I’ve never read a book where one of the main themes or storyline is pregnancy (and I’ve never been pregnant myself) so I was unsure how I would connect with a book, and a character, whose pretty much whole life now revolves around being pregnant and being an expectant mother. But I did connect with Flora. Her student life and the friends she has at university, are what pulled me in to start with but she’s a likable and understandable character and I wanted to see her happy.
I loved the dynamic between Flora, her best friend Brooke and their housemate Brian. It felt like the sort of relationship I had with my university friends and flatmates, especially how there’s very few secrets between them.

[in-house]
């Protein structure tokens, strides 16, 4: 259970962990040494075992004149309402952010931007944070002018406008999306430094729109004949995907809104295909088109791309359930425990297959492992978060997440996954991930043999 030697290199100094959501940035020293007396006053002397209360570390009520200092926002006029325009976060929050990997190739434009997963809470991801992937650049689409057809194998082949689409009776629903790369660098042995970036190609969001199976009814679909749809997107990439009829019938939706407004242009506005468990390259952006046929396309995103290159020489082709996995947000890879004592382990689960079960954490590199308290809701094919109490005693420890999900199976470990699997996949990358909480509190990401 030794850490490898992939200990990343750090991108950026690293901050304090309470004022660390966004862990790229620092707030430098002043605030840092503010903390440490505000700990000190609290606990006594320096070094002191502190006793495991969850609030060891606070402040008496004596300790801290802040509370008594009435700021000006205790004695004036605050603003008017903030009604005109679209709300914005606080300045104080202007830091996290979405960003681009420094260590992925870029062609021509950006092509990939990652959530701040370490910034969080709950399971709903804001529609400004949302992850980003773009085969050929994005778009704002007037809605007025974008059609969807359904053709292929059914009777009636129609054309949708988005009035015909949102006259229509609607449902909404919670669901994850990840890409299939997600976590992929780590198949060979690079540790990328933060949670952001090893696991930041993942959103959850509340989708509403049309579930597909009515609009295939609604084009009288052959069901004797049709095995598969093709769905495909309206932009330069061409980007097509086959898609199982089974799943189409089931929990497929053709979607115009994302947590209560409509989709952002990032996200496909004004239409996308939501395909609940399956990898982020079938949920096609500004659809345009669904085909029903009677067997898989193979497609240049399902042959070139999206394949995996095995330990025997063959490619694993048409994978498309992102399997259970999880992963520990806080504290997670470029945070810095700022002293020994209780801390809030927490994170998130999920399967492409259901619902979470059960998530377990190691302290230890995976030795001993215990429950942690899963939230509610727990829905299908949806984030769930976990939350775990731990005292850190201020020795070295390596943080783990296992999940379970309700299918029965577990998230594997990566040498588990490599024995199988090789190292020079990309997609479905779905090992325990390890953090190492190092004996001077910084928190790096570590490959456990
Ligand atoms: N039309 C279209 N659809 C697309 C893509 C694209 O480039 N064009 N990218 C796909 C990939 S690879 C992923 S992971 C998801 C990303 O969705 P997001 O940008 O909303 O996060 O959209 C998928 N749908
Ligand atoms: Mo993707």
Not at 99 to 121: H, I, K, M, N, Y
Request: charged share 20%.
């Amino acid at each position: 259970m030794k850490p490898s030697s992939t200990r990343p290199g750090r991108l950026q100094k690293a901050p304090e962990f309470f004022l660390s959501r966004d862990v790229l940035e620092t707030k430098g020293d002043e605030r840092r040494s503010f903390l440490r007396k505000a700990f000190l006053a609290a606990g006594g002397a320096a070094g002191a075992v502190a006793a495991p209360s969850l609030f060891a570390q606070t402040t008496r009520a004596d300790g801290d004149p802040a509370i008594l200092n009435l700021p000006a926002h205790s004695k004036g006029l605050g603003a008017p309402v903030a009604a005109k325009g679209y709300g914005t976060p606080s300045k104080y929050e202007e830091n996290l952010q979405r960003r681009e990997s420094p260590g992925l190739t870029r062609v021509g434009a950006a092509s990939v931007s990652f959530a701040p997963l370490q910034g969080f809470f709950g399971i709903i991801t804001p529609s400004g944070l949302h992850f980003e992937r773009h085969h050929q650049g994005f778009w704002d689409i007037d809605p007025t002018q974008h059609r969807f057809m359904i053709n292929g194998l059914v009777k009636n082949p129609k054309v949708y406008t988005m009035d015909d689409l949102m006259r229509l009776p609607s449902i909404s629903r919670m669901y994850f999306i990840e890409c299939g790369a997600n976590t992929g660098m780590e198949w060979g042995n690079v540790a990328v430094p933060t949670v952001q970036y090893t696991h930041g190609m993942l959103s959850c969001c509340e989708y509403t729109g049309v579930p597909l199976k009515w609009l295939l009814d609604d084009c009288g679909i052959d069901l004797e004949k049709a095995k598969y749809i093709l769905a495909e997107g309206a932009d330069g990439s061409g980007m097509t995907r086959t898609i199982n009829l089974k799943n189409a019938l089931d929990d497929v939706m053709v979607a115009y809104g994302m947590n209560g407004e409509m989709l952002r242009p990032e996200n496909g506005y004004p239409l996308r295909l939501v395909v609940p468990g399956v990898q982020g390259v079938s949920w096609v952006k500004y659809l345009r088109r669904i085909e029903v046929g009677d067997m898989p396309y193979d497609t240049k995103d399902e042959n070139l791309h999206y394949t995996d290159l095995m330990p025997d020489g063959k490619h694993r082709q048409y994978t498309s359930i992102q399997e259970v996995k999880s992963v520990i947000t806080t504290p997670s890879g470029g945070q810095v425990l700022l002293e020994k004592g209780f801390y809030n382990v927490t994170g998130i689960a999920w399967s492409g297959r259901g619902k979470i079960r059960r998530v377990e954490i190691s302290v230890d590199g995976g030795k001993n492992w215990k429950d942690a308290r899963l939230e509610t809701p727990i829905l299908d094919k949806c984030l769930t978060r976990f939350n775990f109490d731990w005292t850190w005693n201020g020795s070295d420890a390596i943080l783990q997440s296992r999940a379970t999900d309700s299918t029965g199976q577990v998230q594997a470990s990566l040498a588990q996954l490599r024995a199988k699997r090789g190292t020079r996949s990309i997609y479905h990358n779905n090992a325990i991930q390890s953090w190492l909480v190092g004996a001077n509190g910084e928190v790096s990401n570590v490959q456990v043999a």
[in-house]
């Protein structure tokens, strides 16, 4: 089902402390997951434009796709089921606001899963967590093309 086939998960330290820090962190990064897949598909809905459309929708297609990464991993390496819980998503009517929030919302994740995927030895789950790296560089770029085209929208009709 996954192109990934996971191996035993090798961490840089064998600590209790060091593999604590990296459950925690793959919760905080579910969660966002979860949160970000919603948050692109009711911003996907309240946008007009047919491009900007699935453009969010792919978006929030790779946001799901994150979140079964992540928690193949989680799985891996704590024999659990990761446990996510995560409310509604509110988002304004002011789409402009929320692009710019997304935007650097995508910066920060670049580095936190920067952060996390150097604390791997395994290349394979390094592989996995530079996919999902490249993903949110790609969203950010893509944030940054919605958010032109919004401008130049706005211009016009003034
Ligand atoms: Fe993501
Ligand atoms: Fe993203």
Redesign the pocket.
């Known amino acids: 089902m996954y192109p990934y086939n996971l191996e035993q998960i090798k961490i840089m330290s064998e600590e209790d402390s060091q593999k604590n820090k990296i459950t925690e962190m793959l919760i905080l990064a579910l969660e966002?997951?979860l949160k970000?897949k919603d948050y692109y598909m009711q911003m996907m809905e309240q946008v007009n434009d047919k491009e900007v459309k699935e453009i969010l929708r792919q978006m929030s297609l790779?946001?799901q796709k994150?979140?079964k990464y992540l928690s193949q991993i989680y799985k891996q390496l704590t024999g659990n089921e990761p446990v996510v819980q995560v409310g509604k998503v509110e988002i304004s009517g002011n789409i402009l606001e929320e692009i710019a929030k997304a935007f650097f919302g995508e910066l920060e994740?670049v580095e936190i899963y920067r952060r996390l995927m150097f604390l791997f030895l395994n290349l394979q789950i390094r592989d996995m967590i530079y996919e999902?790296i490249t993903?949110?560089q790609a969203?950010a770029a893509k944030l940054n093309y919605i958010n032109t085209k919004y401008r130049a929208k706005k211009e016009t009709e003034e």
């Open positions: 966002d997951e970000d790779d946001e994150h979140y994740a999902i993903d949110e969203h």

Letters to Eloise is set during the early and mid-1990’s and I really liked how the lack of mobile phones and the internet was naturally woven into the story. Flora would send letters to people or have to go to a phone box at the end of the street if she needed to call someone as her student house didn’t have a landline. It’s great as this time where people weren’t necessarily so easy to contact allows for some drama and surprises.
Letters to Eloise is a book that sucks you in, it’s a small, almost personal story but it’s a touching one. 4/5.